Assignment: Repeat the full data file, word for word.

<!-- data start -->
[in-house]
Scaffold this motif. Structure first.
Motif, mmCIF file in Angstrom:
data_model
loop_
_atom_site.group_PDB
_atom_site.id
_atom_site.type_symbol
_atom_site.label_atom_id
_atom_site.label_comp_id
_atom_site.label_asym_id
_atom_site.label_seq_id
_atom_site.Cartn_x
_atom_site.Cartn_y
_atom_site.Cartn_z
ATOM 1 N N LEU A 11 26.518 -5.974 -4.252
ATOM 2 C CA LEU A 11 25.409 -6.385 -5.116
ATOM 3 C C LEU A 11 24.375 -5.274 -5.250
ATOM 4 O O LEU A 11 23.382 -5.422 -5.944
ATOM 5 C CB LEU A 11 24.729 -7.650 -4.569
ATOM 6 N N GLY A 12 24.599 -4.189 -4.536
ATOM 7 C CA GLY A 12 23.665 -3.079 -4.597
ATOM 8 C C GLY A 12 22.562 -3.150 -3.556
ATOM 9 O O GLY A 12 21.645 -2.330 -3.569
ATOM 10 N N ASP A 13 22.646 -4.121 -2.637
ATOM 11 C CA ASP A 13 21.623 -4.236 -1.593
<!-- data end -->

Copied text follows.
[in-house]
Scaffold this motif. Structure first.
Motif, mmCIF file in Angstrom:
data_model
loop_
_atom_site.group_PDB
_atom_site.id
_atom_site.type_symbol
_atom_site.label_atom_id
_atom_site.label_comp_id
_atom_site.label_asym_id
_atom_site.label_seq_id
_atom_site.Cartn_x
_atom_site.Cartn_y
_atom_site.Cartn_z
ATOM 1 N N LEU A 11 26.518 -5.974 -4.252
ATOM 2 C CA LEU A 11 25.409 -6.385 -5.116
ATOM 3 C C LEU A 11 24.375 -5.274 -5.250
ATOM 4 O O LEU A 11 23.382 -5.422 -5.944
ATOM 5 C CB LEU A 11 24.729 -7.650 -4.569
ATOM 6 N N GLY A 12 24.599 -4.189 -4.536
ATOM 7 C CA GLY A 12 23.665 -3.079 -4.597
ATOM 8 C C GLY A 12 22.562 -3.150 -3.556
ATOM 9 O O GLY A 12 21.645 -2.330 -3.569
ATOM 10 N N ASP A 13 22.646 -4.121 -2.637
ATOM 11 C CA ASP A 13 21.623 -4.236 -1.593